March 22, 2011
It’s the time of year when high school seniors and their parents weigh their options and decide upon a college. They sort through myriad emotions, balancing long-term economic considerations against the hopes and dreams of teens with minimal experience making decisions.
Dan Getsch has been a financial advisor with Ameriprise Financial for 18 years. He has a passion for helping families plan for college. Getsch learned about behavioral finance — how emotions affect financial decisions — from Doug Lennick, a frequent speaker on the topic and author of “Financial Intelligence: How to Make Smart, Values-Based Decisions with Your Money and Your Life.”
Lennick’s premise is that by aligning financial decisions with important personal values we increase the chances of living meaningful lives. “If … we want our children to have good educations, but we don’t save money for their education, we are making financial decisions that don’t support one of our values. But if we decide to spend less on vacation travel to save more for our children’s education fund we are making a financial decision that is consistent with that value. The trick is to overcome the emotional temptation to spend in the short term rather than save money to support one of our long-term values.”
Getsch begins talking about college planning with his clients early in their relationship, for good reason. He projected a private school that costs $35,000 per year today will cost $525,000 for all four years in 18 years (assuming a 7 percent rate of inflation). If a newborn’s family started saving today, they would need to put away $1,100 per month (assuming an 8 percent rate of return).
If the student chooses a public college currently costing $15,000 per year, his family must save $475 per month to crack the nut of $225,000 (the total for all four years.) However, if they wait until he is 10 to begin saving, the number virtually triples.
When Getsch conducts seminars on saving for college, he hopes to attract parents of preschoolers. More often, however, he ends up with high school parents, for whom the issue is imminent. His goal is to help families identify their values so they make cognitive, rather than emotional, decisions.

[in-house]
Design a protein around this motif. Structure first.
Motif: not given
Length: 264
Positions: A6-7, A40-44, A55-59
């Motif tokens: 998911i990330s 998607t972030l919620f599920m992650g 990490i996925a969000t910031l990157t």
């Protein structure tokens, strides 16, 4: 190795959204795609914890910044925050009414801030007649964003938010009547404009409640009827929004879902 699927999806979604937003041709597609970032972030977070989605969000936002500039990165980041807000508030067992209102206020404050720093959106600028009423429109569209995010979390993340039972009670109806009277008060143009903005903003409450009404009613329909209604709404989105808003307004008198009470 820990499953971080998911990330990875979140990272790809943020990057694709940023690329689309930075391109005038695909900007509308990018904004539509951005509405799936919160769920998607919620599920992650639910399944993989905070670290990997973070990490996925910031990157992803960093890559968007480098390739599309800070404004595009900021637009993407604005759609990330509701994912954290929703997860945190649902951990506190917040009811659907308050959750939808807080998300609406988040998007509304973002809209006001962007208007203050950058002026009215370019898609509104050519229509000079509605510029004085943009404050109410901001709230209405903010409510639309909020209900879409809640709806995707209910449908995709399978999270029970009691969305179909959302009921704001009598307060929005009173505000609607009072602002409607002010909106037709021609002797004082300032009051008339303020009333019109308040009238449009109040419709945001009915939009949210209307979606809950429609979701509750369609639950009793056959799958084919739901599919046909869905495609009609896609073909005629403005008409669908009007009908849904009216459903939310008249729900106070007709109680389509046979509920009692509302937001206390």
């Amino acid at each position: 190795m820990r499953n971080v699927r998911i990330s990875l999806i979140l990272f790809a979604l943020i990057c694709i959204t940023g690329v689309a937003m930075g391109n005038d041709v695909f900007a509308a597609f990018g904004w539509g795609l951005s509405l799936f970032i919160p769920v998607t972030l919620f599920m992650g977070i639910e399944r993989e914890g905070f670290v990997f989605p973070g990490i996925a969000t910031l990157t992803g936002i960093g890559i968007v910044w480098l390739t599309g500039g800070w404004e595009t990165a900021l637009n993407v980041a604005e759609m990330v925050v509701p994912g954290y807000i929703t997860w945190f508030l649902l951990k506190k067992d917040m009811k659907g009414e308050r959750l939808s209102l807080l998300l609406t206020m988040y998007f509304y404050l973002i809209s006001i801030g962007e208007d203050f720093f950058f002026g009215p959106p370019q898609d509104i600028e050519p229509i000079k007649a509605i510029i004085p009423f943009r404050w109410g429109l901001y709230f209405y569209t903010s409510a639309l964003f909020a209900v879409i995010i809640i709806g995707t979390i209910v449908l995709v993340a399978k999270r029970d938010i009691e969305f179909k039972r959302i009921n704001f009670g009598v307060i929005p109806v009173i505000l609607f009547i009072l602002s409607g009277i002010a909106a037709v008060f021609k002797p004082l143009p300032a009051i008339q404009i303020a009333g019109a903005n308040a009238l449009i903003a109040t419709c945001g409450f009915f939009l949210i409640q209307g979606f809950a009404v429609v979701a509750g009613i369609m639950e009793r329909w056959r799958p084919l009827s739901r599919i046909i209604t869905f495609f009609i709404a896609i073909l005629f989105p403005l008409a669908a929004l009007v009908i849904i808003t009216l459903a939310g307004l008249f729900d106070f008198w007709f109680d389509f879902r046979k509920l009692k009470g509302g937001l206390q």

He starts by asking parents to relate their own college experiences. Did you attend private or public school? Did your parents pay? How much did you contribute? Is your goal simply to send your children to college or is it important they attend an Ivy League university? If couples do not agree on how to finance their children’s education or if aspirations aren’t realistic, the discussions can be difficult.
Getsch shares a simple rule: don’t bankrupt your other financial goals to pay for your kids’ college education because retirement typically suffers. It’s fine to make sacrifices, he says. Parents may sell the cabin or defer retirement and continue working to pay tuition. Those choices have different consequences than borrowing against a 401K plan or assuming a home equity loan because debt must be repaid, he said. Families need to ensure they can comfortably repay it.
Parents need not shoulder the entire financial burden. Students can contribute to their education by working or applying for merit-based scholarships and need-based aid. The latter can involve work-study and favorable loans. After families complete the forms for financial aid, they learn what their expected contribution would be. Getsch helps families investigate an array of options to come up with their portion of the cost.
I am a big fanof students having skin in the game. Yet, I worry that too often they borrow money in a vacuum, with little appreciation for how much they will need to earn to repay it. I tested my theory on four high school students by asking them if they knew what it cost to live in an apartment. I shared with them how much rent, groceries, insurance, and cell phones cost and watched their eyes widen with each number. How can young people make informed decisions about paying for college with loans if they are financially illiterate?
Students who take out loans should learn the term “amortization schedule” well before they receive their diplomas. Part of the college decision-making process should involve a lesson in what it costs to live, what people earn (before and after taxes), and how much it will cost to repay loans. Otherwise, shell-shocked graduates may respond like my stepdaughter when she opened her first paycheck and asked, “Who is FICA and what’s he doing with my money?”